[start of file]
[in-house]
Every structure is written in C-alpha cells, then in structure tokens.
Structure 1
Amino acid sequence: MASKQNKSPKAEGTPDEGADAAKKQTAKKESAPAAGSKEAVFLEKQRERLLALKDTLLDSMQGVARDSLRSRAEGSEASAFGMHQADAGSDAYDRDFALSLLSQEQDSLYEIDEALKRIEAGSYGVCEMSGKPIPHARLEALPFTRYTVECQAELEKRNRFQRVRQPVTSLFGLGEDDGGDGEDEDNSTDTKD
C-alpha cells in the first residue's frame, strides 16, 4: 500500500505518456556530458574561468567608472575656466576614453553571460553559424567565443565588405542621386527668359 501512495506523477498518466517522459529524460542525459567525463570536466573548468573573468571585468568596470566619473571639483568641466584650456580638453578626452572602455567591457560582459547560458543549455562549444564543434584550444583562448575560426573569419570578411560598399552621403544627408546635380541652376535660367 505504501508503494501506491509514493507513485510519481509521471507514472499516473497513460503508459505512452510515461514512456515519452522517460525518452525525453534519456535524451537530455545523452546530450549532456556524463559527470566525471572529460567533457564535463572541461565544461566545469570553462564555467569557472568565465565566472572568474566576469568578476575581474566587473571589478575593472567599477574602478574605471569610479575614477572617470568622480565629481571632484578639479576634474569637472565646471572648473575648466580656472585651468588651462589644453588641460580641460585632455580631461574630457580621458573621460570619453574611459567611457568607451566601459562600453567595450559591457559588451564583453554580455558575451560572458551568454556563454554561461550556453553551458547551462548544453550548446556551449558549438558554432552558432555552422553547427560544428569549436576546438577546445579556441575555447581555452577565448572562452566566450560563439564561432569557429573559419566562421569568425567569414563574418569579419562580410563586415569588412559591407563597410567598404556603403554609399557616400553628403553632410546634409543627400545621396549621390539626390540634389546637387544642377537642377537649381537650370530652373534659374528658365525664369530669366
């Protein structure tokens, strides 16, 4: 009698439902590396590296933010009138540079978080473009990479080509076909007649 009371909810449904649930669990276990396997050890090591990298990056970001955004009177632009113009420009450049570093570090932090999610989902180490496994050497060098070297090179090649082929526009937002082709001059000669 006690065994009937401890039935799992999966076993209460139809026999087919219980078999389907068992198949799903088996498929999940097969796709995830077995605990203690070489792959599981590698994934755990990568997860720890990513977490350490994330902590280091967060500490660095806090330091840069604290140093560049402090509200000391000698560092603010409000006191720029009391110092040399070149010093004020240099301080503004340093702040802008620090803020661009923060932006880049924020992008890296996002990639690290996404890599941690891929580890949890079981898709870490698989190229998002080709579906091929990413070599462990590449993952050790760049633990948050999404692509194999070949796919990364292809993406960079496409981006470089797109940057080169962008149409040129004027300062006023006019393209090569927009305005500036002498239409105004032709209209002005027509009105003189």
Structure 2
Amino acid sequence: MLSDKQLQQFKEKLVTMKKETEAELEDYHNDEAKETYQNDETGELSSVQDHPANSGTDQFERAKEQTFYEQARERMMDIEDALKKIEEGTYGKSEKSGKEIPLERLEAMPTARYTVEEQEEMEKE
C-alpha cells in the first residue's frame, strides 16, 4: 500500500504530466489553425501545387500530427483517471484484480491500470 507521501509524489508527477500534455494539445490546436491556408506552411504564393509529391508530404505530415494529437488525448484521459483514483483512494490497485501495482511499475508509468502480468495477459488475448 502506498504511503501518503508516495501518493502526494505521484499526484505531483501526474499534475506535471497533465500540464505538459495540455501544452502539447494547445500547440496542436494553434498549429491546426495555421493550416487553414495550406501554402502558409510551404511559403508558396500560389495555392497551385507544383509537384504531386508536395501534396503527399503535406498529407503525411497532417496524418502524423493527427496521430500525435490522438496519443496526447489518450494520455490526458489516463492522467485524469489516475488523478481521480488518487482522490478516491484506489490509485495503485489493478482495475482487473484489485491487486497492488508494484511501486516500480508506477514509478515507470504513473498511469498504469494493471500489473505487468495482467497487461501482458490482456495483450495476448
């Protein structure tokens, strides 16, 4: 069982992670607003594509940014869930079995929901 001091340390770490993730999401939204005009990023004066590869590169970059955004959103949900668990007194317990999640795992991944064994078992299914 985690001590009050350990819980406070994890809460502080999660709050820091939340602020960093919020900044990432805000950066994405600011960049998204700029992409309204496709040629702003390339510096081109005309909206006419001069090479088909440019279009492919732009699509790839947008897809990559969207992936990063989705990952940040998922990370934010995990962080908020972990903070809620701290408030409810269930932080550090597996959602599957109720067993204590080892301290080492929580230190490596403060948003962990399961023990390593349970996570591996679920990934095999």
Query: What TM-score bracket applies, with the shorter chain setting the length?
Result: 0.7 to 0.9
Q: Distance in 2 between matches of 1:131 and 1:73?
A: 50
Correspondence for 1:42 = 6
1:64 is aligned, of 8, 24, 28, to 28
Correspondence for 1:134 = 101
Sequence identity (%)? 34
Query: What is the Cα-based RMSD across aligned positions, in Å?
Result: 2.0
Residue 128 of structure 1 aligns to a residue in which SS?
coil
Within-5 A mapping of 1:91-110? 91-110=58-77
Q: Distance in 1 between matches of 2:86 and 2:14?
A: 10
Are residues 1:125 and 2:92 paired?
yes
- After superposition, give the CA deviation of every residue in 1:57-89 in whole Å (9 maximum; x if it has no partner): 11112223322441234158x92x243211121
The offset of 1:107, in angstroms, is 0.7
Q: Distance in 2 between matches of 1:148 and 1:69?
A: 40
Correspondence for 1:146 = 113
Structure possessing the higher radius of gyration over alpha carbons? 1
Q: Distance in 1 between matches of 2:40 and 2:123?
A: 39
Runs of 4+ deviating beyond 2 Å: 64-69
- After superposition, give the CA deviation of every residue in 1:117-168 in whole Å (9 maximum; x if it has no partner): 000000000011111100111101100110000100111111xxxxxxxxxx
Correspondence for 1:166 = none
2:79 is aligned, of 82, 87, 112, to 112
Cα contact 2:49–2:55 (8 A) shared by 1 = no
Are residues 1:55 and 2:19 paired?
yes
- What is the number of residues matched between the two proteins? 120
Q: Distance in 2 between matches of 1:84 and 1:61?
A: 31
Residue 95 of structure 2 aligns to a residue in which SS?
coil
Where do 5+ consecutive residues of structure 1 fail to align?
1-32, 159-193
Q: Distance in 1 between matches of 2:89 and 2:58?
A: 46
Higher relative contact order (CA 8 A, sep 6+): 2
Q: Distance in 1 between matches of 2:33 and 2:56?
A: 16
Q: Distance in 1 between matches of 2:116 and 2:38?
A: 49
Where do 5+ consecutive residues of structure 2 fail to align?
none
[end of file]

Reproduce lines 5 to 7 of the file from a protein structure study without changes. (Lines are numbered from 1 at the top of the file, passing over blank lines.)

C-alpha cells in the first residue's frame, strides 16, 4: 500500500505518456556530458574561468567608472575656466576614453553571460553559424567565443565588405542621386527668359 501512495506523477498518466517522459529524460542525459567525463570536466573548468573573468571585468568596470566619473571639483568641466584650456580638453578626452572602455567591457560582459547560458543549455562549444564543434584550444583562448575560426573569419570578411560598399552621403544627408546635380541652376535660367 505504501508503494501506491509514493507513485510519481509521471507514472499516473497513460503508459505512452510515461514512456515519452522517460525518452525525453534519456535524451537530455545523452546530450549532456556524463559527470566525471572529460567533457564535463572541461565544461566545469570553462564555467569557472568565465565566472572568474566576469568578476575581474566587473571589478575593472567599477574602478574605471569610479575614477572617470568622480565629481571632484578639479576634474569637472565646471572648473575648466580656472585651468588651462589644453588641460580641460585632455580631461574630457580621458573621460570619453574611459567611457568607451566601459562600453567595450559591457559588451564583453554580455558575451560572458551568454556563454554561461550556453553551458547551462548544453550548446556551449558549438558554432552558432555552422553547427560544428569549436576546438577546445579556441575555447581555452577565448572562452566566450560563439564561432569557429573559419566562421569568425567569414563574418569579419562580410563586415569588412559591407563597410567598404556603403554609399557616400553628403553632410546634409543627400545621396549621390539626390540634389546637387544642377537642377537649381537650370530652373534659374528658365525664369530669366
């Protein structure tokens, strides 16, 4: 009698439902590396590296933010009138540079978080473009990479080509076909007649 009371909810449904649930669990276990396997050890090591990298990056970001955004009177632009113009420009450049570093570090932090999610989902180490496994050497060098070297090179090649082929526009937002082709001059000669 006690065994009937401890039935799992999966076993209460139809026999087919219980078999389907068992198949799903088996498929999940097969796709995830077995605990203690070489792959599981590698994934755990990568997860720890990513977490350490994330902590280091967060500490660095806090330091840069604290140093560049402090509200000391000698560092603010409000006191720029009391110092040399070149010093004020240099301080503004340093702040802008620090803020661009923060932006880049924020992008890296996002990639690290996404890599941690891929580890949890079981898709870490698989190229998002080709579906091929990413070599462990590449993952050790760049633990948050999404692509194999070949796919990364292809993406960079496409981006470089797109940057080169962008149409040129004027300062006023006019393209090569927009305005500036002498239409105004032709209209002005027509009105003189």
Structure 2